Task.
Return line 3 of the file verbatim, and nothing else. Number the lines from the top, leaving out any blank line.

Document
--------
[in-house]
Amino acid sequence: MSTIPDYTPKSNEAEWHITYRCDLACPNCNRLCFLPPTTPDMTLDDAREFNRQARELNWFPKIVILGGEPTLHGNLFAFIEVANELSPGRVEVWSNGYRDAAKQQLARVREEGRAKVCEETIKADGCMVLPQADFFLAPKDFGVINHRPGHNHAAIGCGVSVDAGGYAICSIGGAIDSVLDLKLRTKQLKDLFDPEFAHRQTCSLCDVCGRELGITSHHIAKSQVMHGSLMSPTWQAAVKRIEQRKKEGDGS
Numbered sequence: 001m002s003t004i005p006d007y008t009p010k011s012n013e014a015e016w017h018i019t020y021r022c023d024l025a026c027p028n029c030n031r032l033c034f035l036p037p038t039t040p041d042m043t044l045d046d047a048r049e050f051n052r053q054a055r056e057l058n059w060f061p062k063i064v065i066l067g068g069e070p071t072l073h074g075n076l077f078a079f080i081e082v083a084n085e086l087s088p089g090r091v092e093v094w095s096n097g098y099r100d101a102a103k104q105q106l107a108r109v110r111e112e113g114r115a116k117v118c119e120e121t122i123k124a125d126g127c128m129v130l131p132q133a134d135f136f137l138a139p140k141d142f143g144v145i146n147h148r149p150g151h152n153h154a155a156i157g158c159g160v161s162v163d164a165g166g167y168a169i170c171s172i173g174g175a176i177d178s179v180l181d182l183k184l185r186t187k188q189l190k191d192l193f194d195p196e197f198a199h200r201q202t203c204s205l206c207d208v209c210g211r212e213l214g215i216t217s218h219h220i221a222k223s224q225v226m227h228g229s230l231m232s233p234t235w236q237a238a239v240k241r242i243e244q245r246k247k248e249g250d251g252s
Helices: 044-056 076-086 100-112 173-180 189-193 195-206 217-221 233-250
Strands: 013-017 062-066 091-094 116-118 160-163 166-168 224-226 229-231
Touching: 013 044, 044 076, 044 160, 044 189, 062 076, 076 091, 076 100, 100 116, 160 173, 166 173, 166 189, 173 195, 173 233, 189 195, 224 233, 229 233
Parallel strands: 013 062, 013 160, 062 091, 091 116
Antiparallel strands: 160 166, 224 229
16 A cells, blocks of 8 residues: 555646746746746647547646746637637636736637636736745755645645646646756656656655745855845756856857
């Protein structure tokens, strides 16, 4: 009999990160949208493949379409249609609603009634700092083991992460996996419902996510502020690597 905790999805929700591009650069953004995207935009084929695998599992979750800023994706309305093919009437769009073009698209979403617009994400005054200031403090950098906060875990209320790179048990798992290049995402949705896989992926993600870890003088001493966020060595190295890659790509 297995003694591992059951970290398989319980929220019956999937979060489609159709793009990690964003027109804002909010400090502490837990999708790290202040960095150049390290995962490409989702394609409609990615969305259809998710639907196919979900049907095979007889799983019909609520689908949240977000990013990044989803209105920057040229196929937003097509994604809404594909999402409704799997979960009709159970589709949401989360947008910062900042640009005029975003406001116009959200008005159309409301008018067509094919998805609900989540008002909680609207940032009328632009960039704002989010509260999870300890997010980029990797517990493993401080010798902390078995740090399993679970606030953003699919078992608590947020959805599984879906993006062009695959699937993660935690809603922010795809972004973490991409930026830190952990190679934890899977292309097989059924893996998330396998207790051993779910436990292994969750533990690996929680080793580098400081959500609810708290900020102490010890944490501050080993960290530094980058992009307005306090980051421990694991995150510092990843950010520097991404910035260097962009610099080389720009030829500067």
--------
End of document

Numbered sequence: 001m002s003t004i005p006d007y008t009p010k011s012n013e014a015e016w017h018i019t020y021r022c023d024l025a026c027p028n029c030n031r032l033c034f035l036p037p038t039t040p041d042m043t044l045d046d047a048r049e050f051n052r053q054a055r056e057l058n059w060f061p062k063i064v065i066l067g068g069e070p071t072l073h074g075n076l077f078a079f080i081e082v083a084n085e086l087s088p089g090r091v092e093v094w095s096n097g098y099r100d101a102a103k104q105q106l107a108r109v110r111e112e113g114r115a116k117v118c119e120e121t122i123k124a125d126g127c128m129v130l131p132q133a134d135f136f137l138a139p140k141d142f143g144v145i146n147h148r149p150g151h152n153h154a155a156i157g158c159g160v161s162v163d164a165g166g167y168a169i170c171s172i173g174g175a176i177d178s179v180l181d182l183k184l185r186t187k188q189l190k191d192l193f194d195p196e197f198a199h200r201q202t203c204s205l206c207d208v209c210g211r212e213l214g215i216t217s218h219h220i221a222k223s224q225v226m227h228g229s230l231m232s233p234t235w236q237a238a239v240k241r242i243e244q245r246k247k248e249g250d251g252s